Kendall Kaminsky

A Bathroom Monologue

If you leave me alone in here for too long I’m going to pluck out all of my eyelashes I’m going to pluck them all out one by one and I am going to make so many wishes that won’t recognize me I am going to buy new thread, golden thread, and I am going to stitch myself into an object of destruction, set the timer to sixty, oven spring myself against the tile backsplash because I never liked these colors anyway anyway any excuse to renovate: new is never bad! Those clippers have been here since I moved in- rotting bait under the sink and I think I’m beginning to see the appeal… The vitamins aren’t working yet but someday I’ll be able to pry those ugly tiles from the wall (it’s either them or my nails) if I’m not strong enough to destroy the world I’ll have to redirect, reinvision, redecorate: make new weapons to hold if I can’t chew through these bricks myself then my teeth will have to go—they don’t spark joy we’ve got no room for fragility it’s far too cluttered in here already. 

Teeth and walls yellow unnoticed.

I hate to brush but I love to floss the excruciating excavation finding little treasures “how long was that there?” food for the garbage and sparking rubies emerging the pain of newness is absolutely intoxicating. I’ve never seen a fly in here (how tacky) but the walls flutter when I press my face against them—maybe they’re nervous to be so painfully visible I just haven’t been able to find the right wallpaper.

The mirror is disgusted with itself.

I’m beginning to have that feeling again.. butterflies? Dread? The tapeworm is still alive- sometimes I feel him lurch and pulsate he doesn’t leave anything for me to purge, so that can’t be it. I guess I’ll just scrub my face forever! Why does no one believe me when I say my ears can’t digest the timber of your voice, chew it up for me first, dear, don’t be lazy. When I come back as haunted doll (finally!) you’ll all be Very Sorry Indeed. 

The paint has a hangnail.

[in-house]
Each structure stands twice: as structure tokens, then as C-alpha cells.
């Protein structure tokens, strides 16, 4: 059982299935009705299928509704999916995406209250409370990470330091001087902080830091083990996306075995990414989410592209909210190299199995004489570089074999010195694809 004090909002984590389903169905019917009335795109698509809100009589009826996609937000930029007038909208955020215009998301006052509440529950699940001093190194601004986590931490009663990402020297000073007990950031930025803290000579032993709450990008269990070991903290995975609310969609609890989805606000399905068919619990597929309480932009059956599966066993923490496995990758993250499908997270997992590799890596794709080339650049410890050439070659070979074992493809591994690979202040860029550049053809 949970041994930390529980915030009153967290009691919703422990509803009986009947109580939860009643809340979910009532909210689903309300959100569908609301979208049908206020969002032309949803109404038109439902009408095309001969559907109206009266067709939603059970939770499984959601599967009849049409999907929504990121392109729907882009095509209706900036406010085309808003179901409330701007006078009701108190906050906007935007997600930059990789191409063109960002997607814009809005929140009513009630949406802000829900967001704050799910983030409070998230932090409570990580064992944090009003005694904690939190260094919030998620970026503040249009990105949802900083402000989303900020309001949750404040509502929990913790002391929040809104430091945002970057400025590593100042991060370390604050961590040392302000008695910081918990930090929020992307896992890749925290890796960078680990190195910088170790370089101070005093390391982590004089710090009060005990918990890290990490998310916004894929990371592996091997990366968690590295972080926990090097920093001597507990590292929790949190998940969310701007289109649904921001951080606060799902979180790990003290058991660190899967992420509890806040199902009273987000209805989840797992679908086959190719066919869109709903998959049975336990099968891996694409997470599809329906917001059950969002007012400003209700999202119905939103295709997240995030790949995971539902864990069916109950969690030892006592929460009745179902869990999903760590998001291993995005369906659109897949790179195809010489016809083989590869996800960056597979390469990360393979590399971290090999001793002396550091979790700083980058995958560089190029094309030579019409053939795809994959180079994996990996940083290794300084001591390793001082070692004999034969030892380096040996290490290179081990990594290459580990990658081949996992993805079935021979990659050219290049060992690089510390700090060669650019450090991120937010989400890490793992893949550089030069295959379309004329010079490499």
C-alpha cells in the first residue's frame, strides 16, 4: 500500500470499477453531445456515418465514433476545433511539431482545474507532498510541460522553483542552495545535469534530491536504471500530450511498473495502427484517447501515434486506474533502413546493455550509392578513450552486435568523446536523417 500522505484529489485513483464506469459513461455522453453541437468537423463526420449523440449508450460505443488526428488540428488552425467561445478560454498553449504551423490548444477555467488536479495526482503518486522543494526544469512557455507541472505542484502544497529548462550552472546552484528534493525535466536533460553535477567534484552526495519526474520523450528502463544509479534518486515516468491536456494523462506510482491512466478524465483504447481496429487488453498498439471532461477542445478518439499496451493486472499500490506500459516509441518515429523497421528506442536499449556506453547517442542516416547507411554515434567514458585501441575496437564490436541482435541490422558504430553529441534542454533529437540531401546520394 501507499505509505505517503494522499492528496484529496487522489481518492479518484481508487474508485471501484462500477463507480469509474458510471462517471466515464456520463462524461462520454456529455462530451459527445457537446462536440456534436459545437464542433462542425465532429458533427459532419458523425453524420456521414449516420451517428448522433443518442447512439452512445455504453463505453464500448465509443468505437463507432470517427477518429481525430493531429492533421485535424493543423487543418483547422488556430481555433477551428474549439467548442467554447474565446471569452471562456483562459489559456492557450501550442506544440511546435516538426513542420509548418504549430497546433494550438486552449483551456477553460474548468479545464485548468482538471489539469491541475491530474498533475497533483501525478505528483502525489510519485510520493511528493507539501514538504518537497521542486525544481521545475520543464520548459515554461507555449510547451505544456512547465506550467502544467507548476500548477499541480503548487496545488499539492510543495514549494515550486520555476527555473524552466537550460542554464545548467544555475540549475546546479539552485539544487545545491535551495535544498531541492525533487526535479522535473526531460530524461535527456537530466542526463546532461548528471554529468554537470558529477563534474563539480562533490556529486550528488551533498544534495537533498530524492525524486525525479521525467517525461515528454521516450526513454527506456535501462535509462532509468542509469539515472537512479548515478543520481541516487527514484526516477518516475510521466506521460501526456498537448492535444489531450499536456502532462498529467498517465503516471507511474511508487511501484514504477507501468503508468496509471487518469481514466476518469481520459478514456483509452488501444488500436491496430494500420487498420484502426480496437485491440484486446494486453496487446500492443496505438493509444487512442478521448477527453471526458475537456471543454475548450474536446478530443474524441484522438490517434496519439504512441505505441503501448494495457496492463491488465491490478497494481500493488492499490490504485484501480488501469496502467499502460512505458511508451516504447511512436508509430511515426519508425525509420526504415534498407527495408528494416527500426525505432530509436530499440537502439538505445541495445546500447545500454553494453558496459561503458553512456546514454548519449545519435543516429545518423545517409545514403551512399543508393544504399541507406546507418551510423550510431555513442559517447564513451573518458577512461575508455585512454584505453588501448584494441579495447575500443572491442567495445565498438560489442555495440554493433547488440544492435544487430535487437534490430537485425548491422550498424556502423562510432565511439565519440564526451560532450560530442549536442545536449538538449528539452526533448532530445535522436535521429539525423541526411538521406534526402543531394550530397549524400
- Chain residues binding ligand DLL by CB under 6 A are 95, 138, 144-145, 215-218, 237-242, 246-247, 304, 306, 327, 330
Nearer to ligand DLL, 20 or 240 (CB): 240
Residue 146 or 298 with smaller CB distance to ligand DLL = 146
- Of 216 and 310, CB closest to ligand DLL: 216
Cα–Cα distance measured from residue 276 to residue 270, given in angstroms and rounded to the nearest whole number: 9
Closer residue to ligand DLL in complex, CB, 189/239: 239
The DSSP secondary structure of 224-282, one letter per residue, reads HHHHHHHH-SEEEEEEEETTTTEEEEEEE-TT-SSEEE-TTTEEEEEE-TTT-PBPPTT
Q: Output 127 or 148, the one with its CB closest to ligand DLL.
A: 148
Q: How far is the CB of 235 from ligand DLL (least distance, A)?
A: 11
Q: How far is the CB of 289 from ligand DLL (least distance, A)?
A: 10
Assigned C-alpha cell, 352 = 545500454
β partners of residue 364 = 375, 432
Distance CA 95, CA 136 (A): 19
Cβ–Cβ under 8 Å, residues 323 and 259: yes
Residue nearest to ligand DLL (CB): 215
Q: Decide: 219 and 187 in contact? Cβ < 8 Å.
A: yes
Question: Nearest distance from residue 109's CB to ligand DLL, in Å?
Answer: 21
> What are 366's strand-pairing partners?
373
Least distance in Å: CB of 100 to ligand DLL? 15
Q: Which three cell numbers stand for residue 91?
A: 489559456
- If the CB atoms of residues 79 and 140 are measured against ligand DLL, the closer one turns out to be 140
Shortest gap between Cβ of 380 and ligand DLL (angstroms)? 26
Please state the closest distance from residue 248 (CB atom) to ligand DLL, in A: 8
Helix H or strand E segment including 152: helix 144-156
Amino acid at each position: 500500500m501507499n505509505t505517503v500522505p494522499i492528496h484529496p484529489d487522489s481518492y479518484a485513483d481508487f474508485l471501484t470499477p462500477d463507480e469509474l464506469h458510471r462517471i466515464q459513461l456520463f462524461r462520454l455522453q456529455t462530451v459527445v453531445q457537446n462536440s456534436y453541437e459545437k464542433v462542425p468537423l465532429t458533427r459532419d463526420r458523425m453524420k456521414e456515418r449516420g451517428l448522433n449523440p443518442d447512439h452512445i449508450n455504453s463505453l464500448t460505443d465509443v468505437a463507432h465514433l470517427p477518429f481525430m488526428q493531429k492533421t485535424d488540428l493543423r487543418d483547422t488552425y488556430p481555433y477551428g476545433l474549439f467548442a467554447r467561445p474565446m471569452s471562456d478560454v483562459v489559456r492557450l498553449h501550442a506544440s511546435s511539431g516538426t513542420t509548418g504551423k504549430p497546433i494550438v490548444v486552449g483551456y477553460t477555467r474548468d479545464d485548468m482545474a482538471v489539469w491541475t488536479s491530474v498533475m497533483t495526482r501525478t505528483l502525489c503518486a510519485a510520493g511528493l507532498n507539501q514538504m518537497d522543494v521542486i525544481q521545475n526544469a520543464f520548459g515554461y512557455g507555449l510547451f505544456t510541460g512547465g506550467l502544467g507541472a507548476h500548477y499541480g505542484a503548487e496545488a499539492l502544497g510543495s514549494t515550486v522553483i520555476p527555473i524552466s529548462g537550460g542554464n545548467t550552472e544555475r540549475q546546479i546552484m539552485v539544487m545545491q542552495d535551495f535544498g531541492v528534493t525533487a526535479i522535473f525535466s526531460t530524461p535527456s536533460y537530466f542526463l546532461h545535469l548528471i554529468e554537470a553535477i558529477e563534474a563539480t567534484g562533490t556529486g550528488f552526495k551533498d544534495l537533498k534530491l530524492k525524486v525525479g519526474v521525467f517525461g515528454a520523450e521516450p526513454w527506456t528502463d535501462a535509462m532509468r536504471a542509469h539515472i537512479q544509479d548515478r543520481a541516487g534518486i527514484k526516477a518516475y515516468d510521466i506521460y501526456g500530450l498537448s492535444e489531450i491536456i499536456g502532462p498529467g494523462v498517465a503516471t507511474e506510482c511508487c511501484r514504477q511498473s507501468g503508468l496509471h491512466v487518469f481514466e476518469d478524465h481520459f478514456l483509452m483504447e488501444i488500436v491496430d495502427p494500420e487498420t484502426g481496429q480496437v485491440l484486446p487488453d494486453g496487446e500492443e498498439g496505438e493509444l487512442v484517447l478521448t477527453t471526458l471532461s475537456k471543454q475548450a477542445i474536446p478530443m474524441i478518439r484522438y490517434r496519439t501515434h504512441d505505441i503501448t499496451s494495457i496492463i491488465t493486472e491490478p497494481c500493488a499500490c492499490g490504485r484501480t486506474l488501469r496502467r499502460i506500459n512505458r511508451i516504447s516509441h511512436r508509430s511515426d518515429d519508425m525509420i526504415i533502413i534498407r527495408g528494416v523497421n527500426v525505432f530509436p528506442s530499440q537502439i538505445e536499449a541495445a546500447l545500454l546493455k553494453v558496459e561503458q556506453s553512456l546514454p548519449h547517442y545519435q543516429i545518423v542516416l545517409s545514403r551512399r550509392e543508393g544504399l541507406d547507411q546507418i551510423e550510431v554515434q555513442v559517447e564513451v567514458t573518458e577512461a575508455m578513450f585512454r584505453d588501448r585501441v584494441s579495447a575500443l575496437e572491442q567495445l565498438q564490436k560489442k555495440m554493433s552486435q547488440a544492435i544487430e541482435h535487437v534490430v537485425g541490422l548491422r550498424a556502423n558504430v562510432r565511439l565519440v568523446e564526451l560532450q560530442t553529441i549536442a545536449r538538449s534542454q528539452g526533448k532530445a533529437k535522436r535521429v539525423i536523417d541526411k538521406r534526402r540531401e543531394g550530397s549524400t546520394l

Tile. Tile. Tile for bathrooms and for kitchens. Wood for the dining room. Carpet in the bedroom. There can’t any softness where there’s water so firm up, kid, if you’re feeling thirsty. 

Porcelain. Porcelain. Porcelain.


The Taxidermist

Thank you for coming. Really. It means a lot to have you. It means a lot to be had. It means everything but soap scum and snake skin. Like snake skin after shedding, sun crisp and translucent. Like your face in old light. 

I’m sorry the house is a mess.

Still cups of coffee.

Like your face in old light. Like I could turn you to powder. Like dust in lungs. Like a dry laugh. 

You haven’t changed a bit. 

That old mirror never did shine. Not really. Never did make any sort of clear noise nothing you could catch in a foggy day. I’ve been sending you pots and pans just the ones I’m not using just the ones that are cracked over and peeling not the nice ones don’t worry not the nice ones. 

Still cups of coffee.

If you don’t like em you can send em back you know where I am you know I don’t move around much. I’ve been settling into cracks I’ve been sinking into wrinkles I’ve been staying in the laugh lines. Tryin to at least. Hard weather you know?

Don’t mind that it’s nothing.

You get up here where I am and nothing else makes much noise. 

You just look like you could blow straight away. I’d take out that pin cushion and try to stick you to my sweater if I didn’t think you’d slip right through the weave. Stay right where you are too long and I’ll sew pennies into your coat lining, believe me.

I meant it when I said you could sip me through in cold weather. If your blood’s gone solid mine has too and I’m no good to you stiff as a board. I left a Tupperware in the freezer just for you. 

Stale cups of coffee.

Thanks she’s a new one. I like the way her eyes turned out. Sort of like she’s looking for something but she can’t remember what it was. Sort of like she knows she’s never gonna find it. Sort of like buttons pulled off by time and dark air and rolled into gaps sealed off with dust and matted fur.

Well. You never did take to them anyway. You were always more into meat than I was. More than fiber and glue. 

No I’m still plastering the holes but I’ll get there. Don’t want you to worry about it good to have a project anyways. I’m still starching it down and pretty soon it’ll be solid as a swallow in a winter lake. 

No, I know. I understand.

Well you take care of yourself now.

Blows on cold coffee.

Takes a long, slow sip.

They’ll Huff and They’ll Puff and They’ll Blow.

Performer holds a book up for the audience, reading from it as if reading to children, but every page is blank. As she finishes a page, she tears the page out of the book, crumples it and drops it on the ground by her feet.

The third little pig made his house out of my bones and he didn’t hear them whisper. He didn’t hear the cold din and tremble. He would have known. He would have known if he had listened. 

The third little pig made his house out of my old bones and he didn’t hear them whimper. He didn’t hear them shiver against the leather of his elbow against the crook the nook of his cradle. He didn’t carry them home that day he’ll never be home.